The space between the two lines is utilised for noting the chainages. Figure 7 shows typical pages of a field books.
As soon as the survey party arrives in the field the following details are entered in the field book:
- Title of the survey work
- The date of survey
- The names of the members of the party.
The field work may be divided into the following:
- Reconnaissance survey.
- Marking stations, drawing reference sketches.
- Line by line surveying.
(1) Reconnaissance survey consists in going round the field and identifying suitable stations for the network of triangles. Neat sketch of network is drawn and designated. The typical key plan drawn is similar to one shown in Fig. 1.
All main stations should be marked on the ground. Some of the methods used for marking are:
- Fixing ranging poles
- Driving pegs
- Marking a cross if ground is hard
- Digging and fixing a stone.
Then reference sketches are drawn in the field book so as to identify stations when the development works are taken up. For this measurements with respect to three permanent points are noted. The permanent points may be
- Corner of a building
- Posts of gates
- Corners of compound walls
- Electric poles
- A tree.
After that, line by line surveying is conducted to locate various objects with respect to chain lines.
It consists in preparing the plan of the area to a suitable scale making use of measurements and sketches noted in the field book.
When a survey line is longer than a chain length, it is necessary to align intermediate points on chain line so that the measurements are along the line.
The process of locating intermediate points on survey line is known as ranging. There are two methods of ranging viz., direct ranging and reciprocal ranging.
(1) Direct Ranging: If the first and last points are intervisible this method is possible.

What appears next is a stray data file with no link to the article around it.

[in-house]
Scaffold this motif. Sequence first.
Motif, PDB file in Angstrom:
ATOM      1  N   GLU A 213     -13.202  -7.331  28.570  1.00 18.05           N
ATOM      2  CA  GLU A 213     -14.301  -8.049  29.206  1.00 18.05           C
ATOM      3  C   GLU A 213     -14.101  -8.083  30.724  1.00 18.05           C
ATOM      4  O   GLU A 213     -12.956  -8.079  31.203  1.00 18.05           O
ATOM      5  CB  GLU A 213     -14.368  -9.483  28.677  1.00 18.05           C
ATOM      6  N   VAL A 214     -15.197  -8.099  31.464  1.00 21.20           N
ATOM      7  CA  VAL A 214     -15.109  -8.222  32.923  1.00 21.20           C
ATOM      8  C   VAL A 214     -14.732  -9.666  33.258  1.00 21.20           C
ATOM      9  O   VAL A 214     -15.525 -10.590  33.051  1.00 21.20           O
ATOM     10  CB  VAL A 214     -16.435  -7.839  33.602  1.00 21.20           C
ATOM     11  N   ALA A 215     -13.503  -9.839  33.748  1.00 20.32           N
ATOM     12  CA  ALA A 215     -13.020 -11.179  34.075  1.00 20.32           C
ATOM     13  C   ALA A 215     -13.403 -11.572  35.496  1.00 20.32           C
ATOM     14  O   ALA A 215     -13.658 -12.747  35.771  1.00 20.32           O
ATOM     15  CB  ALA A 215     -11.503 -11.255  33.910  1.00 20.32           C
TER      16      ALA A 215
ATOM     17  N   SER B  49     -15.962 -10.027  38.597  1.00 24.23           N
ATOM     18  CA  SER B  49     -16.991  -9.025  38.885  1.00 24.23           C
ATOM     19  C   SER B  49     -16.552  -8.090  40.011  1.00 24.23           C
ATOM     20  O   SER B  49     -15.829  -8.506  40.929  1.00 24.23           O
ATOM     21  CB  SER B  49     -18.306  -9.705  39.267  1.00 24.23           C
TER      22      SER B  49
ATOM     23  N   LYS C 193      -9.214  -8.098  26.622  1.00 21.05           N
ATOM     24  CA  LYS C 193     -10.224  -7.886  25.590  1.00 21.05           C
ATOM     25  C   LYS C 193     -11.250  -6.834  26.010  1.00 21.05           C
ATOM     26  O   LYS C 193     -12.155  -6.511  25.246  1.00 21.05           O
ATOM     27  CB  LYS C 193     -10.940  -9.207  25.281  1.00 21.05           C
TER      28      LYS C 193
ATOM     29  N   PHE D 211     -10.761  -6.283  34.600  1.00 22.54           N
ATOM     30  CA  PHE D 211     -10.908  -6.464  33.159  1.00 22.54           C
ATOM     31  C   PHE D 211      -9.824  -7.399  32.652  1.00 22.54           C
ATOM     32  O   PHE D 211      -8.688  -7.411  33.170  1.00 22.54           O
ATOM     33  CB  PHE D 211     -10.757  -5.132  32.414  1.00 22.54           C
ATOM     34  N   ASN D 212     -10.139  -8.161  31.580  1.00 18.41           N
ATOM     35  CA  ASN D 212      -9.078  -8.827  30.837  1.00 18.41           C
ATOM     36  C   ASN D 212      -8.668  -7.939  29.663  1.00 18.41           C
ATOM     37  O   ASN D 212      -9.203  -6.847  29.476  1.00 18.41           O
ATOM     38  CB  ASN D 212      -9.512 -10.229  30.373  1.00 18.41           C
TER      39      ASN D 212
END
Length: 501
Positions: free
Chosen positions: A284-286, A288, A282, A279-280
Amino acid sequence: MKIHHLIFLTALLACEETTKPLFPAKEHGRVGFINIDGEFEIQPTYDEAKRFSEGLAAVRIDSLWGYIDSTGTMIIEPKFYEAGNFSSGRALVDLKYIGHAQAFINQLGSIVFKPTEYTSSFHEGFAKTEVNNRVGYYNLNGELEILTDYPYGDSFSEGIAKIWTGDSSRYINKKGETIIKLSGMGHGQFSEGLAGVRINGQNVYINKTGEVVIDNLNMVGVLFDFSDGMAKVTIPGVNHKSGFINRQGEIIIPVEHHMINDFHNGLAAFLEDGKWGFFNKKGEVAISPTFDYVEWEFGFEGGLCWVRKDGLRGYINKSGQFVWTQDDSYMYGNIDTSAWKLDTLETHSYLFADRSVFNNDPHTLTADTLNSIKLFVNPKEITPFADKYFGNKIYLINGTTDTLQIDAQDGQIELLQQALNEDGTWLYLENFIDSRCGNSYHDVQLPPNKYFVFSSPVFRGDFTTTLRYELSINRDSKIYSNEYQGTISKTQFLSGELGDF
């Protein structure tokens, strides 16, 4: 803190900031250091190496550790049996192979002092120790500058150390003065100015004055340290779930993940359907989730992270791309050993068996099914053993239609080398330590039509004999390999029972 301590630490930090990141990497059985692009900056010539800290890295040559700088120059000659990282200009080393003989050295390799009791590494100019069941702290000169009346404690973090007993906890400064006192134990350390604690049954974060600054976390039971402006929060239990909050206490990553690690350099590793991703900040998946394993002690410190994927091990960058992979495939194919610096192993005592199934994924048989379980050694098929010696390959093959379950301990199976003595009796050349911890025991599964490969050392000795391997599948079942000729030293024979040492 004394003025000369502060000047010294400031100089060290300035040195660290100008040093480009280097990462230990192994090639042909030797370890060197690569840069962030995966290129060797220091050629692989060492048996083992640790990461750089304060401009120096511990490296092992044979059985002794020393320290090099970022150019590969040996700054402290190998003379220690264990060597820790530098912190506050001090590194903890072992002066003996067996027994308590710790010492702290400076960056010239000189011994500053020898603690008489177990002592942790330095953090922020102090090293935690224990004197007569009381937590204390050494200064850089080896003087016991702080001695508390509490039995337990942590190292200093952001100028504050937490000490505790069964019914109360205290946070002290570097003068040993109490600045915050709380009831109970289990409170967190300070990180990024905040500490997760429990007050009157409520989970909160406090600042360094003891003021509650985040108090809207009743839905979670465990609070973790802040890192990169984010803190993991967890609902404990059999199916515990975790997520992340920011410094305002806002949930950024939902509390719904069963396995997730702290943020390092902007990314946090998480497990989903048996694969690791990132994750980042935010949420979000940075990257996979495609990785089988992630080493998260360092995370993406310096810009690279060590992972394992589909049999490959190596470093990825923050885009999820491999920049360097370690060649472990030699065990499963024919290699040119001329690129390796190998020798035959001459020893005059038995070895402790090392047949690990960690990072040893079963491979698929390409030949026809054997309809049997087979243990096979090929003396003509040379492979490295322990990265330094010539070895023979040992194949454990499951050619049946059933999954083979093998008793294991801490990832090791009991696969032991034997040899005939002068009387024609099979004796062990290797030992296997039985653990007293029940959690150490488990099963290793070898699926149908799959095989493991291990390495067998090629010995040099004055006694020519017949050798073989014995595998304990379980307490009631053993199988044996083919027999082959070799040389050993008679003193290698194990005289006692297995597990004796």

Figure 8 shows the inter-visible stations A and B in which an intermediate point C is to be located.
Point C is selected at a distance slightly less than a chain length. At points A and B ranging rods are fixed.
The assistant holds another ranging rod near C. Surveyor positions himself approximately 2 m behind station A and looking along line AB directs the assistant to move at right angles to the line AB till he aligns the ranging rod along AB.
Then surveyor instructs the assistant to mark that point and stretch the chain along AC.
(2) Indirect or Reciprocal Levelling: Due to intervening ground, if the ranging rod at B is not visible from station A, reciprocal ranging may be resorted.
Figure 9 shows this scheme of ranging. It needs two assistants one at point M and another at point N, where from those points both station A and station B are visible.
It needs one surveyor at A and another at B. To start with M and N are approximately selected, say M1 and N1. Then surveyor near end A ranges person near M to position M2 such that AM2N1 are in a line.
Then surveyor at B directs person at N, to move to N2 such that BN2M2 are in a line. The process is repeated till AMNB are in a line.
Obstacles in Chaining
Though it is desirable to select stations so as to avoid obstacles, occasionally the obstacles are unavoidable.
Various obstacles to chaining may be grouped into: